Thursday, June 24, 2010

Preston Street Criterium: Masters Report

It had been about 12 years since I last rode a criterium and I was both excited and nervous about participating in the Preston Street criterium. Excited because I have always enjoyed the speed and danger of crits and nervous because of the speed and danger of crits…

As my time on the bike in May was less than optimal, I decided to attend the NRC A Race on the Tuesday prior to the Preston criterium. I figured the high speed would be good training and I could also work on my cornering. I got “lost” trying to find Blair Road from the Rockcliffe Parkway in my ride to the event and as a result, I arrived about 2 minutes before the start having already spent 25 minutes riding at or above threshold just to get there. I wasn’t expecting the 90 riders that had showed up for the race and I ended up starting at the back of the group. The speed was high from the start (averaging 50 kph on the straights) and I spent the first 10 minutes sprinting out of corners and closing gaps as riders got shed out of the pack. Soon after, there was a single rider crash causing a large enough gap that I couldn’t close. I continued to ride hard with a few other Eurosport cyclists until we were lapped about 20 minutes into the event and subsequently pulled. Once I was comfortably watching from the sidelines, I realized that Neil was racing and he looked quite comfortable within the aggressive main group. I left the race with a few insights for the upcoming weekend: (1) I felt comfortable on my bike cornering at speed, (2) don’t ride crits from the back as sprinting 4 times each lap on the corners is extremely tiring, and (3) I hoped the Masters-only Preston race would be a little bit slower.

I arrived to Preston Street on Father’s day with my family and cheering section. I was happy to see David registering at the same time, knowing that I would have a teammate in the race. I proceeded to warm up with a few hard intervals to ready myself for the upcoming high intensity effort. Our race was delayed in starting and we weren’t even allowed a single warm up lap on course. About 50 Masters 2 and 3 riders lined up at the start and I grabbed a position in the second row. My game plan was to stay in the top ten for the first 10 minutes to avoid the chaos behind. (See lesson 2 above). While waiting for the pace car to start, the announcer listed off the top teams and riders. There was a large contingent from Eurosport and the West Quebec Wheelers, teams from the Cyclery and RWR, and a few racers from outside the Ottawa area. There was a shout-out to Tall Tree Cycles, “ a welcome and growing presence to the Ottawa road scene.”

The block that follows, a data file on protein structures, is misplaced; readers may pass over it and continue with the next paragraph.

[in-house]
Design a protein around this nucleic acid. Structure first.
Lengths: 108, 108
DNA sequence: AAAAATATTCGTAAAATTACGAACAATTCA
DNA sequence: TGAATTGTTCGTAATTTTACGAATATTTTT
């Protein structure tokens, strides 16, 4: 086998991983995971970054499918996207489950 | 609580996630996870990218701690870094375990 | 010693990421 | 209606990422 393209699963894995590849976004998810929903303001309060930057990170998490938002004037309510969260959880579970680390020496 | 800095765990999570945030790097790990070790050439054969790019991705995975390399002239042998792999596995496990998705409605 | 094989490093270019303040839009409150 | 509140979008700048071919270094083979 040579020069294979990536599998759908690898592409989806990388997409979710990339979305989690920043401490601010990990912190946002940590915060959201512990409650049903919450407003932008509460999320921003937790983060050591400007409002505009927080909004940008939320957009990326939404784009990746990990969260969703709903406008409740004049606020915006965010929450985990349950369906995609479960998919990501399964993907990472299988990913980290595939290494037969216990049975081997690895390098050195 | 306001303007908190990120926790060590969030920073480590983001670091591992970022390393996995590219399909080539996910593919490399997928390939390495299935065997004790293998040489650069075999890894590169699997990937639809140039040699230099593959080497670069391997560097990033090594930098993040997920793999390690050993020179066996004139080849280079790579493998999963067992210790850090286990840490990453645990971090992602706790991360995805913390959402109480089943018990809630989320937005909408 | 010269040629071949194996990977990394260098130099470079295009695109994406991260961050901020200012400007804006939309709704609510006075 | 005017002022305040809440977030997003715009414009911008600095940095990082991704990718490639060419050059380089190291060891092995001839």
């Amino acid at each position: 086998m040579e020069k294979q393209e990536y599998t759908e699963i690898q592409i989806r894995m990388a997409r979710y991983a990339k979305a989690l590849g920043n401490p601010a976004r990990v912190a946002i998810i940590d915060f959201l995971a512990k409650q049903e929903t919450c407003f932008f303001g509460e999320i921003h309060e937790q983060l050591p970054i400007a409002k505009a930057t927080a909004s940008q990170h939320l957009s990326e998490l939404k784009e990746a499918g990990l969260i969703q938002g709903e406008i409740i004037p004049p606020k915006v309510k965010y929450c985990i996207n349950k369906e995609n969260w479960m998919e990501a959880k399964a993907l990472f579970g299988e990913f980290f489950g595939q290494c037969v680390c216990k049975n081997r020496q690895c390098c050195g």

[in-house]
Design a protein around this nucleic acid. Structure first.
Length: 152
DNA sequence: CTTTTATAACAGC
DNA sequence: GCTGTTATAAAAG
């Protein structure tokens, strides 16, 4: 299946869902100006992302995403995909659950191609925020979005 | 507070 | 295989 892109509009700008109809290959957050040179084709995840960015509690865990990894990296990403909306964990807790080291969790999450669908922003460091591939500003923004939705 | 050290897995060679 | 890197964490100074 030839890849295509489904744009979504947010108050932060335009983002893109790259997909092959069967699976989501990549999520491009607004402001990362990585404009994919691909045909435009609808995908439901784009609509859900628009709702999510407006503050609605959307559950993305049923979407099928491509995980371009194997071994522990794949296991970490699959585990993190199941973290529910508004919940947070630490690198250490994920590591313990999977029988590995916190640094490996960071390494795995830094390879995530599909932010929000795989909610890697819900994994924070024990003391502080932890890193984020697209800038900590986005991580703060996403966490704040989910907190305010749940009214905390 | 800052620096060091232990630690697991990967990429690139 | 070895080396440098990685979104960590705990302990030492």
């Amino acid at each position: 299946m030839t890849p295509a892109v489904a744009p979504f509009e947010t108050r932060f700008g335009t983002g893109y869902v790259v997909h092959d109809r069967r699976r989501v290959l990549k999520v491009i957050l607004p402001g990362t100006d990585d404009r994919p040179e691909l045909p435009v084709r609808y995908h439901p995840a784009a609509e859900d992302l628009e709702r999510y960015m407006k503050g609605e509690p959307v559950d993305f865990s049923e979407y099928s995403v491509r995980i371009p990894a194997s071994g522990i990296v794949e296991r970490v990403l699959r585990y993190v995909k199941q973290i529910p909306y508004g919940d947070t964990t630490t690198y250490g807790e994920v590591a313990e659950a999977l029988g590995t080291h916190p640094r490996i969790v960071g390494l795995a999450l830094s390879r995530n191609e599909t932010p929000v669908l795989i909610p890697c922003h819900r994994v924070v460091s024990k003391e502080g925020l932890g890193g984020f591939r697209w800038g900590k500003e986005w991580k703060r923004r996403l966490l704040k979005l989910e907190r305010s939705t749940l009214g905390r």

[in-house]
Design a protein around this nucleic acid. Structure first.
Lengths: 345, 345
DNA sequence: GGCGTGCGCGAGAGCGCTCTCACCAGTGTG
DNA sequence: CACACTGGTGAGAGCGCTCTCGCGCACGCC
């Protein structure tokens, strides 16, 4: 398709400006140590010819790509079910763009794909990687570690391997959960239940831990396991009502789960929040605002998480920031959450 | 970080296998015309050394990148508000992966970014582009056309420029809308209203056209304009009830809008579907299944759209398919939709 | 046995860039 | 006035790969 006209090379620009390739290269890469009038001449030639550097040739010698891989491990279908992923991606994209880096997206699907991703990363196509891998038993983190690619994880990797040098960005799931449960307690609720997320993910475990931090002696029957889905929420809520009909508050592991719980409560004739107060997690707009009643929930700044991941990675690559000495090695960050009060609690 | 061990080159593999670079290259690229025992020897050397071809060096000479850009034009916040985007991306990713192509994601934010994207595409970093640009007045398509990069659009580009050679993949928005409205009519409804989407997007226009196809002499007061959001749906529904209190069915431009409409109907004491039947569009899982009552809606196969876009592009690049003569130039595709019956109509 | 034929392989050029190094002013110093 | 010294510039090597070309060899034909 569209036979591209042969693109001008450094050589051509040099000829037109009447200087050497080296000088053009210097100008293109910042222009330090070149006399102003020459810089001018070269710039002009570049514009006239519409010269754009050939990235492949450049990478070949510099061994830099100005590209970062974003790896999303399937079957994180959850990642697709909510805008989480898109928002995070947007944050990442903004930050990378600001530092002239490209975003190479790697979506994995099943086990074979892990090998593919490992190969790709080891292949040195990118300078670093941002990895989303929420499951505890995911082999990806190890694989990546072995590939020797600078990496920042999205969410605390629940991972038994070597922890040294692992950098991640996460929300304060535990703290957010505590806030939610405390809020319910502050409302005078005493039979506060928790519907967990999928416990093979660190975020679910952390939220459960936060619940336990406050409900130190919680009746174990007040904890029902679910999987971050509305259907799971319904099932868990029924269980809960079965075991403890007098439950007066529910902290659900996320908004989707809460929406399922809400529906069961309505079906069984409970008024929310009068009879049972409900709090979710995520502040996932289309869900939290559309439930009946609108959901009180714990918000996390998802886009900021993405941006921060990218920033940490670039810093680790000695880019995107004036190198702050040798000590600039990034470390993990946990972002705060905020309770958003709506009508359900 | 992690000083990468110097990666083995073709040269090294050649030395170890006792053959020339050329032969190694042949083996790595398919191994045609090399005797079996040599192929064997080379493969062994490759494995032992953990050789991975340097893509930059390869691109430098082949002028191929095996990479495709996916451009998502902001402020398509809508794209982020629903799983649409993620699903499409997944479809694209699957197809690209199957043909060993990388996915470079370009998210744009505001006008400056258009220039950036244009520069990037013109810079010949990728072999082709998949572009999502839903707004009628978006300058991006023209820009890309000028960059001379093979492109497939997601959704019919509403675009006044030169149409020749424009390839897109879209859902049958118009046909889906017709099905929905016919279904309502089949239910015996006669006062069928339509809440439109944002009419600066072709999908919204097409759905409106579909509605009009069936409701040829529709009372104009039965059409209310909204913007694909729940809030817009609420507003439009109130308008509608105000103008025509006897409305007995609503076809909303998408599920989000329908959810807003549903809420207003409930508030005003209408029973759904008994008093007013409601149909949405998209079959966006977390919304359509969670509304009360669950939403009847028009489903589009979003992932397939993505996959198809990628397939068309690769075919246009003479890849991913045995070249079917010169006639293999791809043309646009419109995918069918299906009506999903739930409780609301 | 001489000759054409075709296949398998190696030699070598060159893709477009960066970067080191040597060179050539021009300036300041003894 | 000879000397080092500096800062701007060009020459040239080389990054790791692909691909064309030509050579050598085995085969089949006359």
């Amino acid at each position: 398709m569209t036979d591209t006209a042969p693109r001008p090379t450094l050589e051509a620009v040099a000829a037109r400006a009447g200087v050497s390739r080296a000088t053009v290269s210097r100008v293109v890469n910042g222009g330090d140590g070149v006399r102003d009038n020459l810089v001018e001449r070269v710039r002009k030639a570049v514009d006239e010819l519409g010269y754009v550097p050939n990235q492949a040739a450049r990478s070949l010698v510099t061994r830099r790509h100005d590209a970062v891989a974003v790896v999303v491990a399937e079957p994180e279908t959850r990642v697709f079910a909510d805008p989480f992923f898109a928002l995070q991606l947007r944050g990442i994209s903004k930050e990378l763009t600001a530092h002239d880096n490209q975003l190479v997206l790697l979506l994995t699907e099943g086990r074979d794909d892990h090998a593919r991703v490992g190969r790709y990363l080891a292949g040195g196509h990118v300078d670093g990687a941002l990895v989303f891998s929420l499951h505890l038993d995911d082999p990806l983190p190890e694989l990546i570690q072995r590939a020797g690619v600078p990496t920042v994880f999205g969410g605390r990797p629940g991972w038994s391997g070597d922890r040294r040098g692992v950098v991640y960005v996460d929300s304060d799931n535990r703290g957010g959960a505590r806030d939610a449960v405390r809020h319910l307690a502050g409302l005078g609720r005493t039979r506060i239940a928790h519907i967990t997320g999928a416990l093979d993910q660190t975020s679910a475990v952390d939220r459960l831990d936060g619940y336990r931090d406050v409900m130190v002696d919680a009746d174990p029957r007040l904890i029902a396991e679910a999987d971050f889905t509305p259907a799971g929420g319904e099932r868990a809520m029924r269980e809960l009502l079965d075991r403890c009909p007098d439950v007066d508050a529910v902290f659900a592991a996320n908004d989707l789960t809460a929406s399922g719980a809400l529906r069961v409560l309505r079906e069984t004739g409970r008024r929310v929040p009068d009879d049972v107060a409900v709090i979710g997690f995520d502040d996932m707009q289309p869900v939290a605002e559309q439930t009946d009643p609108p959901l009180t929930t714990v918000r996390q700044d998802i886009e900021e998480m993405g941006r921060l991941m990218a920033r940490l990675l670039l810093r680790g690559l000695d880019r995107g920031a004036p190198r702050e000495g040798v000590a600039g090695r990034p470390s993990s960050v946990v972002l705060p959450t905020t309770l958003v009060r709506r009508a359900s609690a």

The race started quickly and soon each corner and each lap blurred into the next. The course was not overly technical and each corner could be pedaled through with the right line. Riders seemed reasonably courteous of each other’s movements and it was easy to move up through the group, particularly on the backstretch. My positioning strategy was successful and I was able to maintain my position well with much less effort after each corner. I could see David was riding quite strongly and he spent the majority of the race riding near the front just ahead of me. About 15 minutes in and feeling comfortable, I decided to take a flyer to get some face time for my kids. It felt awesome to accelerate out of the group and dive into the next corner at top speed. I came through the start finish with a small lead on the trailing peloton, but I was already sucking wind and we were all back together by the start of the next lap.

Time went by quickly and soon we were at 5 laps to go. It was about this time that the rain started to fall. Quickly, it went from a light shower to a heavy deluge. With the water, the course became very slippery through the corners. The speed slowed substantially as caution seemed to prevail. Despite this, there was a small crash near the front with about 4 laps to go. I instinctively made it by the carnage, but was unclipped from my pedals and close to a standstill before beginning the chase to the leaders. By one lap to go, there were at least 6 riders who had a gap on the remaining peloton which I had re-entered. David was in the same group. I accelerated hard on the back straight even though the leaders ahead were not likely to be caught. Despite a fairly scary slip through the 3rd corner, I came out of the last corner leading the chase group and sprinted in for a 9th place finish. David was right behind me.

Overall, it was an immensely enjoyable experience and I’m considering more criteriums in the future. After the race, my wife told me that while I was off the front, the announcer remarked that I was riding a steel bike, “which you don’t see everyday!”

1 comment:

Matt Surch said...

Great story Todd, especially glad to hear you managed to pull off the front for the kids. I'm sure they are proud. Way to represent ferrous style!